Pete Ricketts is not one of them.
The Nebraska Republican governor has repeatedly resisted calls for mandatory mask-wearing in his state — most recently at a press conference on Tuesday.
Let’s remember what we know about mask-wearing: That is is our single best tool at the moment to slow the spread of a virus that has killed more than 250,000 Americans.
Ricketts’ argument appears to be that mandating mask-wearing would mean that people wouldn’t comply. (“They create resistance.”) But the whole reason we are in this mess of a third surge of the virus is BECAUSE people don’t wear masks when they should. That’s the whole point!
So is Ricketts arguing that if he issues a mask mandate even more people would not wear masks? That seems, uh, unlikely? Since, after all, if you were already wearing a mask when appropriate, it seems weird that you would suddenly stop doing it because Ricketts issues a mask mandate? And if you weren’t wearing a mask before, maybe you wouldn’t put one on after a mandate? But some people assuredly would — for fear of being penalized for not doing so, right?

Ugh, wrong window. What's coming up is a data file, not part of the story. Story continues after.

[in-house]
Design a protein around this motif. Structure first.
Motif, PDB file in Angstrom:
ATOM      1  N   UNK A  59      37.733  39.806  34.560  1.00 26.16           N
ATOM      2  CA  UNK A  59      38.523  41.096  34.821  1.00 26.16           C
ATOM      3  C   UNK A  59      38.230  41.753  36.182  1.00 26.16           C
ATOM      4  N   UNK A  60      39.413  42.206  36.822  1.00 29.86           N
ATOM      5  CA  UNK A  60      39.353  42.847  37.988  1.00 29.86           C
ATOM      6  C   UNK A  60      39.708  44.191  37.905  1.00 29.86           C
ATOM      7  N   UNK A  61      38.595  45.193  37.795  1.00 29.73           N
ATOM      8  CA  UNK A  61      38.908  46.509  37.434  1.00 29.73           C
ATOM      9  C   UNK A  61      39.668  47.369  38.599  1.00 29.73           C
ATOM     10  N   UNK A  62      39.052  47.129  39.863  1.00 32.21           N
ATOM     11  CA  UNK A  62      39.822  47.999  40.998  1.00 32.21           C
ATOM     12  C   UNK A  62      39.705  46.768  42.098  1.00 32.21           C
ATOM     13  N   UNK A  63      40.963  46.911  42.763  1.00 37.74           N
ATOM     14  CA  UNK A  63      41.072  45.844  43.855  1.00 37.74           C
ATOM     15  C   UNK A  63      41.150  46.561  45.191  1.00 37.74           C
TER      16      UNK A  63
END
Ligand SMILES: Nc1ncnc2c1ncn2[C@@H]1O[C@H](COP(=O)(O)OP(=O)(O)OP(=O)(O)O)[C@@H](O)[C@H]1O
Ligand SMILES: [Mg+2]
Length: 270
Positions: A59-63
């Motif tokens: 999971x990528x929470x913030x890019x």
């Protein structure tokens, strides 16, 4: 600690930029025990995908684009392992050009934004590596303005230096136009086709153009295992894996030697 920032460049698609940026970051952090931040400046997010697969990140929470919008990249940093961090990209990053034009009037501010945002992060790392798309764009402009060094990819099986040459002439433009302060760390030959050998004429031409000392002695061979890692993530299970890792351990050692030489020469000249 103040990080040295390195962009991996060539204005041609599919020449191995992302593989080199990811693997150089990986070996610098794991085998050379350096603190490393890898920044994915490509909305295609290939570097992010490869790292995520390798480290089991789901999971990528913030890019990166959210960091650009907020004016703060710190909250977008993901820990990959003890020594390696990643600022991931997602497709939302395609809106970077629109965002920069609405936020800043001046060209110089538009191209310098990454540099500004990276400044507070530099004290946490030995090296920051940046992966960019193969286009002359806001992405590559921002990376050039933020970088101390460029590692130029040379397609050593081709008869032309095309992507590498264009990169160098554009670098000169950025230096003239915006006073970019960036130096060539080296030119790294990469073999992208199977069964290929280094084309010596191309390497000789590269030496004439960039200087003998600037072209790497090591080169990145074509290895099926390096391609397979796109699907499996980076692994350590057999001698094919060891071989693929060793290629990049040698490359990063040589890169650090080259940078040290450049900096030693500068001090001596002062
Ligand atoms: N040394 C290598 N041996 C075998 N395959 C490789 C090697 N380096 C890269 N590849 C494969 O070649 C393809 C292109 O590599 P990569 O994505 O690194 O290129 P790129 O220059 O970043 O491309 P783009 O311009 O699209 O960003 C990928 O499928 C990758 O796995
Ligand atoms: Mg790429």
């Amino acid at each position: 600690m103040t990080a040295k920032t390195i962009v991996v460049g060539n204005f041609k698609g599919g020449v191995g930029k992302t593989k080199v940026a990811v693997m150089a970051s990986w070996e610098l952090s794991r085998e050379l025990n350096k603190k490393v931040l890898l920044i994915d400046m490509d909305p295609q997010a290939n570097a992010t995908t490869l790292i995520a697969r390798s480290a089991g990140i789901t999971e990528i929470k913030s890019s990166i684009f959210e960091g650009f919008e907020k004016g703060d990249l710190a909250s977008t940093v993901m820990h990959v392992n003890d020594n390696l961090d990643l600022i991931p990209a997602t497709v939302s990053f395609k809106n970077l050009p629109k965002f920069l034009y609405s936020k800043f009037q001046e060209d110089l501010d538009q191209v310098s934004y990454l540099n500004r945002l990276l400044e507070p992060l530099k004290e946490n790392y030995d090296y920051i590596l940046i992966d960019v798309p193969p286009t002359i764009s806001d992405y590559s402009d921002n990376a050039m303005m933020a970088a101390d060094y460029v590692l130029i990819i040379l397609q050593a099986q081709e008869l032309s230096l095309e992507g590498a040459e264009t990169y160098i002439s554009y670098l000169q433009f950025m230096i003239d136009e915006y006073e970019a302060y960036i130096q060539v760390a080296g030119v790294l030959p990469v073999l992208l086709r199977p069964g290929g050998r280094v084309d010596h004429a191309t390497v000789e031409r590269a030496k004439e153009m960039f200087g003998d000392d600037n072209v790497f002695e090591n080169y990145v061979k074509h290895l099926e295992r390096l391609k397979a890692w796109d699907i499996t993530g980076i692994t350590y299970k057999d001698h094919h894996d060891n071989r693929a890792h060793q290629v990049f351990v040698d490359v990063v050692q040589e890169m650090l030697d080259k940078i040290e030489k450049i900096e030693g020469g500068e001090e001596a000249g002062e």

In short: The “resistance” is already there when it comes to mask-wearing. (That fact is at least partly attributable to President Donald Trump turning mask-wearing into a political issue rather than solely a public health necessity.) The idea that more people would not wear a mask if Ricketts (or any other governor) said they had to is simply not borne out by facts (or logic.)
And more broadly, Ricketts’ logic as to why he is resistant to a mask mandate is entirely illogical. At a moment of crisis like this one, politics (and the desire to be consistent with past positions) needs to go out the window. This is, quite literally, about life and death. Politicians like Ricketts need to get that.